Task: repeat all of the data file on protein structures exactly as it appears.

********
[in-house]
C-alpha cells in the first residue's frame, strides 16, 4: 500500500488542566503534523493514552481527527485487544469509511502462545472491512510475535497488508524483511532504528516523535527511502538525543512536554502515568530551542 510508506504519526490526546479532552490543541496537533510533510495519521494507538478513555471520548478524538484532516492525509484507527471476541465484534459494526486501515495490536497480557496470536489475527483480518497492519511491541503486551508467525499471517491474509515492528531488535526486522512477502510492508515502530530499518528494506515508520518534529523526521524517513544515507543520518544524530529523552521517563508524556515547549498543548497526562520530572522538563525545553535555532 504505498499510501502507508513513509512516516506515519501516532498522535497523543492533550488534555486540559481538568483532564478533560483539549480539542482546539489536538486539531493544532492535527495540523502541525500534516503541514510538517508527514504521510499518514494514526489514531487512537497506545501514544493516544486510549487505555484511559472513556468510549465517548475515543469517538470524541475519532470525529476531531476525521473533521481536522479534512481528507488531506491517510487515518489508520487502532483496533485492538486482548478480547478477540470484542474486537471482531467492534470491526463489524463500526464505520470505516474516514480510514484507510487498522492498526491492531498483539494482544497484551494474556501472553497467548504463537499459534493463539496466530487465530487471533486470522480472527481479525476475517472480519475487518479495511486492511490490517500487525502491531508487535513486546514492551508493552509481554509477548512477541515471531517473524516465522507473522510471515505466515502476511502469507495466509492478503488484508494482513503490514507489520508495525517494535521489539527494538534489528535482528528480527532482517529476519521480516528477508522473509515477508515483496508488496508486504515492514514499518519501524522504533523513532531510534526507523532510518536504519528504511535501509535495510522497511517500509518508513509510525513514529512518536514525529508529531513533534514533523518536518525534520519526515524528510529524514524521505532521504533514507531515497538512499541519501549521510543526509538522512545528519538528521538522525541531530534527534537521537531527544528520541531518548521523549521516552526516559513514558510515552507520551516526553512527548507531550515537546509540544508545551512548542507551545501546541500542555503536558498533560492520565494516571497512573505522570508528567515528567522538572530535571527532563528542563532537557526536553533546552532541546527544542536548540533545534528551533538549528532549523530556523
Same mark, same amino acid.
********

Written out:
[in-house]
C-alpha cells in the first residue's frame, strides 16, 4: 500500500488542566503534523493514552481527527485487544469509511502462545472491512510475535497488508524483511532504528516523535527511502538525543512536554502515568530551542 510508506504519526490526546479532552490543541496537533510533510495519521494507538478513555471520548478524538484532516492525509484507527471476541465484534459494526486501515495490536497480557496470536489475527483480518497492519511491541503486551508467525499471517491474509515492528531488535526486522512477502510492508515502530530499518528494506515508520518534529523526521524517513544515507543520518544524530529523552521517563508524556515547549498543548497526562520530572522538563525545553535555532 504505498499510501502507508513513509512516516506515519501516532498522535497523543492533550488534555486540559481538568483532564478533560483539549480539542482546539489536538486539531493544532492535527495540523502541525500534516503541514510538517508527514504521510499518514494514526489514531487512537497506545501514544493516544486510549487505555484511559472513556468510549465517548475515543469517538470524541475519532470525529476531531476525521473533521481536522479534512481528507488531506491517510487515518489508520487502532483496533485492538486482548478480547478477540470484542474486537471482531467492534470491526463489524463500526464505520470505516474516514480510514484507510487498522492498526491492531498483539494482544497484551494474556501472553497467548504463537499459534493463539496466530487465530487471533486470522480472527481479525476475517472480519475487518479495511486492511490490517500487525502491531508487535513486546514492551508493552509481554509477548512477541515471531517473524516465522507473522510471515505466515502476511502469507495466509492478503488484508494482513503490514507489520508495525517494535521489539527494538534489528535482528528480527532482517529476519521480516528477508522473509515477508515483496508488496508486504515492514514499518519501524522504533523513532531510534526507523532510518536504519528504511535501509535495510522497511517500509518508513509510525513514529512518536514525529508529531513533534514533523518536518525534520519526515524528510529524514524521505532521504533514507531515497538512499541519501549521510543526509538522512545528519538528521538522525541531530534527534537521537531527544528520541531518548521523549521516552526516559513514558510515552507520551516526553512527548507531550515537546509540544508545551512548542507551545501546541500542555503536558498533560492520565494516571497512573505522570508528567515528567522538572530535571527532563528542563532537557526536553533546552532541546527544542536548540533545534528551533538549528532549523530556523
Same mark, same amino acid.